5 Egypt’s Police Suffered One Of Their Deadliest Days Ever
Egypt is a deeply troubled country. Militants are waging war on the state, while the government has a nasty habit of disappearing and murdering dissenters. But even in this charged environment, no one could have predicted the massacre that would occur on Saturday. Egyptian police forces stormed a militant hideout, only to discover that they’d walked straight into an ambush. By the time the smoke cleared, 54 officers were dead.
This is one of the deadliest days Egypt’s security forces have suffered in years. Among the dead were conscripts, commanders, officers, and even one colonel. After pounding the policemen with all they had, the militants apparently managed to take hostages. They executed them only hours later.
ISIS’s Egyptian affiliate is thought to be behind the attack, although the group has yet to claim responsibility (itself an unusual move). ABC News reported that the Egyptian government is likely to respond by cracking down even harder on civil liberties.
4 Another Flood Of Assault Allegations Swept Through The Media
Following the accusations against Harvey Weinstein in mid-October, yet another wave of assault allegations swept through the media this week. At least one was a new claim of rape made against Weinstein. But elsewhere, many other powerful men suddenly found themselves at the center of a media storm.
The most serious involved screenwriter and director James Toback, who is currently accused of assault by 200 women. Toback is an Oscar-nominated writer who works with stars. Nonetheless, he now finds himself in the spotlight for harassment and predatory behavior.
Further down the media rung, smaller players found themselves accused, too. New Orleans chef John Besh stepped down from his job after allegations emerged, while MSNBC journalist Mark Halperin was accused by five female employees of harassment. This isn’t even including the new allegations against Fox News host Bill O’Reilly.
But the biggest accusation of all came against a former US president. Actress Heather Lind accused George H.W. Bush of inappropriately touching her twice in 2014. Bush has since apologized, but he claims it was simply a misunderstood joke.
3 Spain Prepared To Strip Catalonia’s Autonomy
As you read this, the Spanish Senate will be voting whether to activate Article 155 of the Spanish constitution. Encoded after General Franco’s death, Article 155 allows Madrid to suspend the autonomy of any Spanish region in times of crisis. It has never been used before. This Friday, Prime Minister Mariano Rajoy may enforce it against Catalonia.
A quick recap for those of you who haven’t been following: On October 1, Catalonia voted in a referendum to split with Spain and become an independent state. Madrid had ruled the referendum illegal. Although 90 percent of voters plumped for independence, only 43 percent of eligible voters bothered to vote, undermining the result.
Nonetheless, Catalan president Carles Puigdemont went ahead with declaring independence, only to immediately—and confusingly—suspend his own order. Since then, Madrid and Barcelona have been playing a game of chicken that could end in disaster at any moment.
If Madrid goes ahead and activates Article 155, it’s not entirely certain what will happen. Rajoy has suggested that Catalan leaders could be arrested and the regional police force put under direct control. Whether they go along with it or not is another matter.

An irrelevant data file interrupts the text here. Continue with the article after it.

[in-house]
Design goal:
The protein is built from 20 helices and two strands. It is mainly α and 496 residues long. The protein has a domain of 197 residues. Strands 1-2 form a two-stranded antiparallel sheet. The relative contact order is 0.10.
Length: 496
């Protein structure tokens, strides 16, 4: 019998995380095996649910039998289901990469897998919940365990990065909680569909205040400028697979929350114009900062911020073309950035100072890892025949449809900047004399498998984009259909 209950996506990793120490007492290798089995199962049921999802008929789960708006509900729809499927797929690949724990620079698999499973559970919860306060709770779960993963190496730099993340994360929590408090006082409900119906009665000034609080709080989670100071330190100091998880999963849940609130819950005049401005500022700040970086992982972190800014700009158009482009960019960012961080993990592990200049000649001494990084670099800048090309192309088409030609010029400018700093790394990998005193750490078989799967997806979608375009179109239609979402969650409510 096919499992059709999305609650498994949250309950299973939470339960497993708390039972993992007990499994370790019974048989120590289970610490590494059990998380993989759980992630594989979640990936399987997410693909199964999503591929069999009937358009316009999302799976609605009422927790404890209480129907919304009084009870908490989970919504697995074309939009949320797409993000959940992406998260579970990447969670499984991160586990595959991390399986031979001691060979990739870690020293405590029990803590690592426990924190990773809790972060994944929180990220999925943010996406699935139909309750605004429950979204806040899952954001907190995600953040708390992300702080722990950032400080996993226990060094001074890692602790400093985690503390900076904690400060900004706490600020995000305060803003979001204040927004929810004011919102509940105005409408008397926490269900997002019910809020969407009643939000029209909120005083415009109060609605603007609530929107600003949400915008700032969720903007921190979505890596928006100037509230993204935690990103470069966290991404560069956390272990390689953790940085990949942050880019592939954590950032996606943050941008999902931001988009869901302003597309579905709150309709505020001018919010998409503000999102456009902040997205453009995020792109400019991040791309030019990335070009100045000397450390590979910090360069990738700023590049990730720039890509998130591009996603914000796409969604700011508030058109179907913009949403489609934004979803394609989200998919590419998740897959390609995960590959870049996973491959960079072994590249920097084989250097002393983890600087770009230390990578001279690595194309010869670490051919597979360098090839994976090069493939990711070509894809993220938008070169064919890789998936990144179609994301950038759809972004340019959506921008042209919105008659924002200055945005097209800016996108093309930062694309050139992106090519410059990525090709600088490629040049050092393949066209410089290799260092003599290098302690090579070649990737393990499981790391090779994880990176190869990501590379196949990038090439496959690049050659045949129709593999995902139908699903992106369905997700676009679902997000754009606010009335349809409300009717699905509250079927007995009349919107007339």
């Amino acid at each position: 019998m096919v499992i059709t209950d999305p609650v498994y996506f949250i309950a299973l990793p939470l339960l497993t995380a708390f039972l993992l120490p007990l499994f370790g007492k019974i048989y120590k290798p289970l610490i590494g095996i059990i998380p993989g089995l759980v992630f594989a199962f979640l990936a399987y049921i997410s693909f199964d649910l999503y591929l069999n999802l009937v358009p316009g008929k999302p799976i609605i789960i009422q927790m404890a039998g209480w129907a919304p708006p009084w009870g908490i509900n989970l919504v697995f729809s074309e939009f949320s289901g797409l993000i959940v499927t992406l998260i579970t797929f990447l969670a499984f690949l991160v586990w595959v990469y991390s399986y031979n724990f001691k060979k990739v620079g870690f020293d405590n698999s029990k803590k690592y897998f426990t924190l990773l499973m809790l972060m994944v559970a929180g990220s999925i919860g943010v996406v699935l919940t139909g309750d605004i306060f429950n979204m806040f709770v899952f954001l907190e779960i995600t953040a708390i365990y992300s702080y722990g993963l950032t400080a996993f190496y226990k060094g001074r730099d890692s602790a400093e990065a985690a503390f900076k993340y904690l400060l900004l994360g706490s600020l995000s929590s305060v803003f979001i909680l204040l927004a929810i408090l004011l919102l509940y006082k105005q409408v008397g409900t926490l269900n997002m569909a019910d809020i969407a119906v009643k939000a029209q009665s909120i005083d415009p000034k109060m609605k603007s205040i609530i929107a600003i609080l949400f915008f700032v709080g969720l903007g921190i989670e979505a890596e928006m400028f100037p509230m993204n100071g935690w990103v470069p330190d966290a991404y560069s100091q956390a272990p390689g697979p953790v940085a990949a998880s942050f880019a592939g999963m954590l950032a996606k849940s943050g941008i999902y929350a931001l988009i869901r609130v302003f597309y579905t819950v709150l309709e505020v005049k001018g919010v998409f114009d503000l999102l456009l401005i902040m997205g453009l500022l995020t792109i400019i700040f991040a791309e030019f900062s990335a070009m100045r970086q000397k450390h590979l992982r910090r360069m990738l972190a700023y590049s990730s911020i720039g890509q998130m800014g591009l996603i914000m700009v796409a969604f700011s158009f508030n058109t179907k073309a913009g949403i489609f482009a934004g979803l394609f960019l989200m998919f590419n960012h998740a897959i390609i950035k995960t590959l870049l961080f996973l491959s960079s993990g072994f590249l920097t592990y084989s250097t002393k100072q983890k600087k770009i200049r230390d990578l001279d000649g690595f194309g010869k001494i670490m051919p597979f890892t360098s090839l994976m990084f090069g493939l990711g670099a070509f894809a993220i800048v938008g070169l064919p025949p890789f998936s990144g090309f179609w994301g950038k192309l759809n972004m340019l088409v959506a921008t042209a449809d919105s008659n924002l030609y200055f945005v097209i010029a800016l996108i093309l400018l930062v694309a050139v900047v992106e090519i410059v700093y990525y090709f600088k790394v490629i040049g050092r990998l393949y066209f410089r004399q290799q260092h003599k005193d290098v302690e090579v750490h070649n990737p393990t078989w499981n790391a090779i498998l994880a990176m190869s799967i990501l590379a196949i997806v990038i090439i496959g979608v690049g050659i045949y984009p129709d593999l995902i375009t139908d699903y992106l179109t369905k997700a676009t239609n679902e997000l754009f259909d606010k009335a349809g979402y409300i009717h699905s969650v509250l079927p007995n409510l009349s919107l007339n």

2 Washington Whirled With Investigations, Revelations, And General Dysfunction
Another week, another House or Senate Committee investigating a current president or former presidential candidate. This week, the GOP launched a House committee investigation into a uranium deal Hillary Clinton made with Russia during the Obama administration. It will be chaired by Representative Devin Nunes, the guy who got kicked off the Russia-Trump probe for disclosing classified information to the White House.
The response was predictable. Democrats called the probe a political smokescreen, while Trump supporters called it the “real Russia story.” However you cut it, both parties seem to be convinced Russia did something bad; they’re just not quite sure what.
Elsewhere, two separate revelations relating to the 2016 presidential campaign caused a splash. The first was that the dossier linking Trump to Russia and alleging he was filmed by the Kremlin using prostitutes was bankrolled by the Democratic National Committee. The second was that the Trump campaign apparently contacted Wikileaks directly to implore them to hack Hillary Clinton’s e-mail server. As this spirals off into yet more investigations, you can bet we’ll be reliving this one election for years to come.
1 The Last JFK Files Were Partially Released
In 1992, President George H.W. Bush signed into law the Assassination Records Collection Act, starting a 25-year ticking clock on the release of all official records relating to JFK’s death. Yesterday, on Thursday, October 26, that clock finally hit zero. The National Archives released 2,981 files on America’s most infamous assassination. The remaining files will be reviewed concerning redactions over the next 180 days.
You can download the files for yourselves here. But don’t expect to find anything. At time of writing, the files have yet to be trawled by journalists, but historians have claimed there will be no smoking gun in there. More likely, there will be a greater understanding of the bungling the CIA, FBI, and Secret Service engaged in, as well as maybe a little more information on Lee Harvey Oswald’s pre-Dallas activities. A handwritten note by Lyndon B. Johnson saying, “I did it, suckers!” is unlikely.
The release ostensibly marks the official end of the mystery that’s been hanging over JFK’s death for over half a century. But don’t expect it to sate anyone’s appetite for conspiracy. Polls show over half of all Americans don’t believe the official version of JFK’s death. It seems unlikely that a few thousand files will change many minds, especially when a number of files are still being withheld.